by Julie Norstrand
October 2010—Despite the recent economic downturn, employment policies contribute to Denmark’s consistently high employee job satisfaction and favorable market outcomes, compared to other countries, according to a new analysis by the Sloan Center on Aging & Work. Denmark also boasts some of the highest workplace participation rates of all OECD countries for older men and women.
Flexicurity, a concept incorporating flexibility, security and active labor policies, is the predominate model in Denmark’s employment policies and has been a large contributor to its success.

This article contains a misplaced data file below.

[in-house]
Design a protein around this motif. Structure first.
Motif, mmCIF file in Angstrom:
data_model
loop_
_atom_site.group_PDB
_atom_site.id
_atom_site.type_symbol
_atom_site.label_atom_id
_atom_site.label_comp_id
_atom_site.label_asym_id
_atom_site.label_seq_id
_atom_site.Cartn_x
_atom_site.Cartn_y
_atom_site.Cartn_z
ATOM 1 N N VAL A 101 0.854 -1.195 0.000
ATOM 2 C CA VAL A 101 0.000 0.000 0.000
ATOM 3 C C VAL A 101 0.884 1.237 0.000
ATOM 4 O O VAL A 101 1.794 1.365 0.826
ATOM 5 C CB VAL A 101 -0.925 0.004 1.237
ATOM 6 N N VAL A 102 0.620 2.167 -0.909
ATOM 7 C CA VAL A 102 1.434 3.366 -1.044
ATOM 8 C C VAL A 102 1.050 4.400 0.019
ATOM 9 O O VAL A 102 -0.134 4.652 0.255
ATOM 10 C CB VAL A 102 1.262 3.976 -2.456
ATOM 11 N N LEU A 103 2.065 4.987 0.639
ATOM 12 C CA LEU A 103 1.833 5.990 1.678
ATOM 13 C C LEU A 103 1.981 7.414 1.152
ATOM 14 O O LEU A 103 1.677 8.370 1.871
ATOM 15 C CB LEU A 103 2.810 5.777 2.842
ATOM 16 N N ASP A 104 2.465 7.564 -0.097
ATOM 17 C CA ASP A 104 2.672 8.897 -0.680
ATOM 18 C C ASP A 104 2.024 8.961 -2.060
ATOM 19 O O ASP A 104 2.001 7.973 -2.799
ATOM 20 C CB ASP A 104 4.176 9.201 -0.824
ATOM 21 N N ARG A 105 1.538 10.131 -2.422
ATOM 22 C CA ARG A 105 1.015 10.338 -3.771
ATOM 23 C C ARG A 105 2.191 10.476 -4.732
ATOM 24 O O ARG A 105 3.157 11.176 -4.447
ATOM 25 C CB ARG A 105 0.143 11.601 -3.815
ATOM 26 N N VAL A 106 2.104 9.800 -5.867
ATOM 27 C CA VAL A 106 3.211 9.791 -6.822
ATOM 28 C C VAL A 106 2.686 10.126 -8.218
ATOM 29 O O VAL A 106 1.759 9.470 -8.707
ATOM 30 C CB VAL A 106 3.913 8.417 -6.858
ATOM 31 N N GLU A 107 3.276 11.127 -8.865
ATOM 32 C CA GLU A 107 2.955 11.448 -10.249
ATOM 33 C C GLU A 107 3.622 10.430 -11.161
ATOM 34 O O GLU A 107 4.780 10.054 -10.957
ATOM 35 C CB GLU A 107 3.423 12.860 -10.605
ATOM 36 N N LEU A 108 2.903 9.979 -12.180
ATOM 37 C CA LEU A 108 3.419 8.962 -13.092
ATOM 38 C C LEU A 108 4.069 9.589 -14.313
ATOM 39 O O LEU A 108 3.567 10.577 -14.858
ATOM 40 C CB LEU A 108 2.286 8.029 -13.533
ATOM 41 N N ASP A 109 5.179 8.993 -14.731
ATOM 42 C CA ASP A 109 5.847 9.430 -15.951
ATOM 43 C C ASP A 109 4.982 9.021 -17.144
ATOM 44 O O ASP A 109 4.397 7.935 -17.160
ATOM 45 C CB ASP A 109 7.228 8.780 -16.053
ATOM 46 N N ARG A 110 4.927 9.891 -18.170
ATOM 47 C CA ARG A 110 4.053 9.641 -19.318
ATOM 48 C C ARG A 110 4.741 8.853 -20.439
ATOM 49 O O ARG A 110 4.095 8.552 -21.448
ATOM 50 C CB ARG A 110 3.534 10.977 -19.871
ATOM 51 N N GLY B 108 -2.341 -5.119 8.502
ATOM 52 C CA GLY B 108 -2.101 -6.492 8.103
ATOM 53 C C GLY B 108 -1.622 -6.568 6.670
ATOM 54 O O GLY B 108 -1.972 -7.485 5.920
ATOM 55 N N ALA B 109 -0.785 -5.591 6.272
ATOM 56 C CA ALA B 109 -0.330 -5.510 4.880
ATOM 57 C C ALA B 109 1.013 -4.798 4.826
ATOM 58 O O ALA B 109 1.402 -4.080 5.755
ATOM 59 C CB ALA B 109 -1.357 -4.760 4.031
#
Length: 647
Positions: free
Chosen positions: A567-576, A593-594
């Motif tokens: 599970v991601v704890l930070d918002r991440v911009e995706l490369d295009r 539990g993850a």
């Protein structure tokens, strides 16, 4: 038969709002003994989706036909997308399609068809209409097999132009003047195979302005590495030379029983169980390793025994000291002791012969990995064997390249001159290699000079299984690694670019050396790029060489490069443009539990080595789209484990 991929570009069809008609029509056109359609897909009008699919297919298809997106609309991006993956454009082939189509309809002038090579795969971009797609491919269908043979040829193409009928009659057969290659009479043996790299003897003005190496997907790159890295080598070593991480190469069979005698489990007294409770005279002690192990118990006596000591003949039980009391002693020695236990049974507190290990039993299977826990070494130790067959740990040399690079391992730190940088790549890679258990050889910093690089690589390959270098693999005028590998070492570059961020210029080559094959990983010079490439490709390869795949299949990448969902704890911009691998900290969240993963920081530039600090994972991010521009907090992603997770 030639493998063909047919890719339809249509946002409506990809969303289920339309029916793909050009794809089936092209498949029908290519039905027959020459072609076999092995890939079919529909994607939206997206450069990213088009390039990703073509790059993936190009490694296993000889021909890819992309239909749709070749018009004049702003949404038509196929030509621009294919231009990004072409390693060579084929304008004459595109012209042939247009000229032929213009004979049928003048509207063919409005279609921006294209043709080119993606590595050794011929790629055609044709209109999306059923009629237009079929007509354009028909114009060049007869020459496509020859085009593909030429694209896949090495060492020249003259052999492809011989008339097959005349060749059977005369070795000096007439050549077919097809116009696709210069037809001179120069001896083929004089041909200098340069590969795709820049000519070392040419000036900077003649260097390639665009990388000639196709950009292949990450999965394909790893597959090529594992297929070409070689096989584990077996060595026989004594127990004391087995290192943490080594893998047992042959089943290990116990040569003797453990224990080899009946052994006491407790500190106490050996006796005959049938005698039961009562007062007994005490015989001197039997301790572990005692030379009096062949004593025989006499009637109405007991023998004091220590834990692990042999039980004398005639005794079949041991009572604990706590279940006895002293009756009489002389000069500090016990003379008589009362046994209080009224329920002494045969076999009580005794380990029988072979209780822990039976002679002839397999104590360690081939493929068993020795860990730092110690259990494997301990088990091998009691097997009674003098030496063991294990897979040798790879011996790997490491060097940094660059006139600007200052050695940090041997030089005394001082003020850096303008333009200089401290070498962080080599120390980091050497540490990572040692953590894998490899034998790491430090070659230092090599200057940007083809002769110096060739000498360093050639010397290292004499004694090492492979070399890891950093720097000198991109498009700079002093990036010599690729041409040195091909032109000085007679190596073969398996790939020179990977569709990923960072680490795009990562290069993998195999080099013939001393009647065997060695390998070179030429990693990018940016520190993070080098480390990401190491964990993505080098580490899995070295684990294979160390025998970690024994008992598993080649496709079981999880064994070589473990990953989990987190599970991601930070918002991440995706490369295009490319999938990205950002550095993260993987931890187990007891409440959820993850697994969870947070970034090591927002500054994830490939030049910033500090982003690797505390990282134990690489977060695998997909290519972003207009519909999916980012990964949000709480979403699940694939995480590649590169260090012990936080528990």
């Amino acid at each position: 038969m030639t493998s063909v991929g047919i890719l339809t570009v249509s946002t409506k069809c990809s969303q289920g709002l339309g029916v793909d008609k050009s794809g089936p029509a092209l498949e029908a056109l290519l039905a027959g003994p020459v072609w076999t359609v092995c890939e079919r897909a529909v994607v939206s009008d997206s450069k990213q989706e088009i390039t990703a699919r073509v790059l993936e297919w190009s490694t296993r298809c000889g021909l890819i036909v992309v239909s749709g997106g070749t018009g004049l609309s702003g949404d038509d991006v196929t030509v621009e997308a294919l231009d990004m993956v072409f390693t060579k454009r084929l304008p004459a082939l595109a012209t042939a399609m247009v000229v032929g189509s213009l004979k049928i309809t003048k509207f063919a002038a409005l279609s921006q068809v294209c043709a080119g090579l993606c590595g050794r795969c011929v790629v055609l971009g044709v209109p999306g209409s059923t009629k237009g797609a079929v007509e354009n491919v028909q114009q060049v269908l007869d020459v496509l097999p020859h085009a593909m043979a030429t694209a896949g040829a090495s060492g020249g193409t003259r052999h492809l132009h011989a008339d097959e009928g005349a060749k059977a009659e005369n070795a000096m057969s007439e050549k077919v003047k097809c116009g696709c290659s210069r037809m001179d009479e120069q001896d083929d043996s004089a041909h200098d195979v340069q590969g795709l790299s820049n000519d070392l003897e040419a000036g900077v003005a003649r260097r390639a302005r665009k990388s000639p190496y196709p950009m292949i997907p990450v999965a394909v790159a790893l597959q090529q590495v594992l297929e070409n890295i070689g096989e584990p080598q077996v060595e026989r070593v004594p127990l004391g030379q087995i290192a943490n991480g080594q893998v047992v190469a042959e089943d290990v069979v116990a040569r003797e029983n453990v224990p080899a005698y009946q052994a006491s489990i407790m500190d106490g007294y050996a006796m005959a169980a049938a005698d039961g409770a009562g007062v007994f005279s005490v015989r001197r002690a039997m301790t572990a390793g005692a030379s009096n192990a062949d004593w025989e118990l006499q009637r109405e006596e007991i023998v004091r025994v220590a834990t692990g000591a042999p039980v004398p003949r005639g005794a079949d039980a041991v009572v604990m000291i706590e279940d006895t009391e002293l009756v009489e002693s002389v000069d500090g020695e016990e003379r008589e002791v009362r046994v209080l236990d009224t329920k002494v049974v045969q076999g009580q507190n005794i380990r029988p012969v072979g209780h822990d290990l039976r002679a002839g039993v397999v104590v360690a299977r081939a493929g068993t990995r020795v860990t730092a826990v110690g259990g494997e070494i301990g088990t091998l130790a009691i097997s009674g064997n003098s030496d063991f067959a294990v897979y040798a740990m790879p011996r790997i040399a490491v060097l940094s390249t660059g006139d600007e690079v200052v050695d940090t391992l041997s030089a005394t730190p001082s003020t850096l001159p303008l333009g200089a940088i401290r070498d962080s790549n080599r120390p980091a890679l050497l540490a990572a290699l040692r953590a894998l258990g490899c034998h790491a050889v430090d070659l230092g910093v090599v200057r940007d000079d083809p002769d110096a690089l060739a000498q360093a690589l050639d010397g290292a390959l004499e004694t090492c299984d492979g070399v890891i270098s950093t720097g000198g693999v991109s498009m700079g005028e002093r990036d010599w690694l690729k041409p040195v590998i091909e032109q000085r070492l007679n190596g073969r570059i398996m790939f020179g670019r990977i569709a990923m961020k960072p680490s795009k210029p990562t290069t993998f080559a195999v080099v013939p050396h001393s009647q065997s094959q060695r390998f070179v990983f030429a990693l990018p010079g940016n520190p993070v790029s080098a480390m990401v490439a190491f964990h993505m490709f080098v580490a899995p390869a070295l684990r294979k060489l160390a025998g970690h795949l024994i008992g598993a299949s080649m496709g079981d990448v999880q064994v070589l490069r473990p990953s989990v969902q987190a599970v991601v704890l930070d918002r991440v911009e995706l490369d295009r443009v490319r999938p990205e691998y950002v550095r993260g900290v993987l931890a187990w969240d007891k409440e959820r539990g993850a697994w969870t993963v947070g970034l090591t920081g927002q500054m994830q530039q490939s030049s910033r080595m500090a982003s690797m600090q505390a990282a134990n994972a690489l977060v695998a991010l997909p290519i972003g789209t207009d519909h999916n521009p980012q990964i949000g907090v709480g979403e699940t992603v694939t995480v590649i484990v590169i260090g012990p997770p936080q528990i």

- There is no statutory minimum wage; pay is determined by collective agreements (as are work time and working conditions.
- The Danish workplace adheres to a “learning economy” model in which employees, especially older workers, are constantly receiving new training in order to keep up with rapidly changing technology.
- Job-sharing, called Flex jobs, rose significantly in 2009 to reduce unemployment resulting from the economic recession. Flex jobs policies include reduced work hours, adapted working conditions, and restricted job demands.
- Approximately 90% of the workforce was covered by unemployment insurance in 2008. Unemployment benefits can be paid up to 90% of the worker’s previous work income and can be collected for a maximum of 4 years.
Denmark’s small population, ethnic homogeneity, and egalitarian society make the Flexicurity model possible.
However, ageism has surfaced as the workforce begins to age and as immigrants seem to fare better than natives in the increasingly competitive job market.